Josh: $40,000 to $50,000 USD, depending on background and experience. Raises happen in two ways:

  1. Cost of living review every-other-year, and
  2. Growth or promotion. At this company, people grow fast – it’s not unusual to see people moving up five to 10 percent (or more) approximately every 18 months. Once you reach management, there’s usually going to be a significant step up in both base salary and any bonus structures.

What kind of benefits are standard?

Raj: In my job, health and dental, wealth accumulation plans (stock matching plans, pension plans, RRSP/TFSAs) were standard. Plenty of third party offers are also available to employees, like transit passes discounts, gym memberships, etc.

Monica: Thirteen paid holidays, sick leave, vacation leave, transit subsidies, and retirement account contributions are all standard.

Niem: In my experience working in institutions in Canada and the U.S., health, dental, and some form of retirement plan are standard options. Depending on the insurance plan and employer, the amount of coverage and employer / employee contribution differs.

Brad: I receive the full range of benefits as required by Ontario law.

Rachel: Health insurance, vacation / personal / sick time should be standard. I always negotiate for professional development support because I want the opportunity to attend conferences and network. Some employers offer wellness benefits or on-site benefits like meals, parking, or transportation subsidies.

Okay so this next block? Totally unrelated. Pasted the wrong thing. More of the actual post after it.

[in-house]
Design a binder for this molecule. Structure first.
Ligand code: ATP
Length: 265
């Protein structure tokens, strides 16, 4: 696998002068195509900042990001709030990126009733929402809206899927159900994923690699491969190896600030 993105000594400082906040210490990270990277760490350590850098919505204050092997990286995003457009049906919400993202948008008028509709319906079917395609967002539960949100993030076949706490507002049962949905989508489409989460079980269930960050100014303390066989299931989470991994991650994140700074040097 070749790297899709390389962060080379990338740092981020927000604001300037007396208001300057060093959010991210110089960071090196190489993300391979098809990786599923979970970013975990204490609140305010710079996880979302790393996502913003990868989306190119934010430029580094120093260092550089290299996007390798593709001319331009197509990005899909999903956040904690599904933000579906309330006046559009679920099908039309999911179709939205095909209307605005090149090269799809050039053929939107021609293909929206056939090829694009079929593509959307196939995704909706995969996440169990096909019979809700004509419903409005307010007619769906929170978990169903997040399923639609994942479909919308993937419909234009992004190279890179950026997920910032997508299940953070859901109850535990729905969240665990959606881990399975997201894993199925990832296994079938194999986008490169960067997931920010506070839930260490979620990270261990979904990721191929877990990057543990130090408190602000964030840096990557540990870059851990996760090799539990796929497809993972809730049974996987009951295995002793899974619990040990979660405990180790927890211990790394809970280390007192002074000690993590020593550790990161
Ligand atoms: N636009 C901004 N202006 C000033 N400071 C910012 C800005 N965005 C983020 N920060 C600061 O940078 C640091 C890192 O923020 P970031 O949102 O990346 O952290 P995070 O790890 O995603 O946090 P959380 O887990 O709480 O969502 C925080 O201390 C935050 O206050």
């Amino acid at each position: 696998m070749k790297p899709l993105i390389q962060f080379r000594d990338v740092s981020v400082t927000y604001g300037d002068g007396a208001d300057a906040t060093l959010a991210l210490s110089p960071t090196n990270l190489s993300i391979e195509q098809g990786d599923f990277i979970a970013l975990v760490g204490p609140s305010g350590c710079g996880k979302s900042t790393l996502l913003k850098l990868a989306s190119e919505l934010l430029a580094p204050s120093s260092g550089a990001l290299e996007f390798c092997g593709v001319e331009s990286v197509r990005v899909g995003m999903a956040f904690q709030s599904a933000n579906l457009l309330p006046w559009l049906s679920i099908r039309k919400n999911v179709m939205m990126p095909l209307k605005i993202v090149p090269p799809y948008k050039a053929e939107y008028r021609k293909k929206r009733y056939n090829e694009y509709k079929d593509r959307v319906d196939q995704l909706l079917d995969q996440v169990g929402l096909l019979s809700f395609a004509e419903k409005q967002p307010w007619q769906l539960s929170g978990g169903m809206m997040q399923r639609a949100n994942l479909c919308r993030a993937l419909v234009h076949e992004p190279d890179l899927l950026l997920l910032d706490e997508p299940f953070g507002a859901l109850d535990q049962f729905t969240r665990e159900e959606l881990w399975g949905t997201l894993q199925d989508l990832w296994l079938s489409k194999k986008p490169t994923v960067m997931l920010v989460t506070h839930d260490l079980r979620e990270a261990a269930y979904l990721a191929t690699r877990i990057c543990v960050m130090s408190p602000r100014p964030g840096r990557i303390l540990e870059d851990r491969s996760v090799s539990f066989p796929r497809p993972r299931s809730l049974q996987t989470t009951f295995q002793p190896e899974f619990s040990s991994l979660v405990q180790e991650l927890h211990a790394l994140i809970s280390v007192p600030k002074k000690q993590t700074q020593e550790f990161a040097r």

Josh: At least some form of health care and retirement plan, usually 401k. Definitely commuting expenses, and food / snacks provided on-site. My company is very generous – health care is compensated 100 percent, which means there’s no monthly expense for me or my family. There’s a generous life insurance option, a 401k with company-matching contribution and a profit-share bonus every year. Additionally, we get a health and wellness stipend or gym membership (your preference), matching donations for charitable giving, available time-off for volunteer work, and $2,000 USD a year towards ongoing education (classes, books and materials, conference fees, etc.).

Will I be able to negotiate job offers? How do I ask for a raise?

Raj: Initial offers won’t be very flexible especially if you don’t have much experience. Getting a raise on your base salary will also be difficult outside the normal annual merit increases. Again, it’s pay for performance; if you consistently hit your sales numbers, you will always have leverage to ask for the things you would like.

Monica: Small raises happen yearly. Negotiation is difficult, because everything is standardized, but not impossible.

Niem: Negotiate for the things that matter to you. Negotiations should benefit you and the employer. There may be some things the employer may simply not be able to do. Here are some things to consider asking for: increase in salary, start / end time of the day, start date, and professional funds for conferences.

Brad: Demand to work in our company is high, so new employees need to clearly demonstrate their potential value in order to maximize their bargaining leverage. Nothing succeeds in salary negotiations like demonstrated results (in terms of new business generated).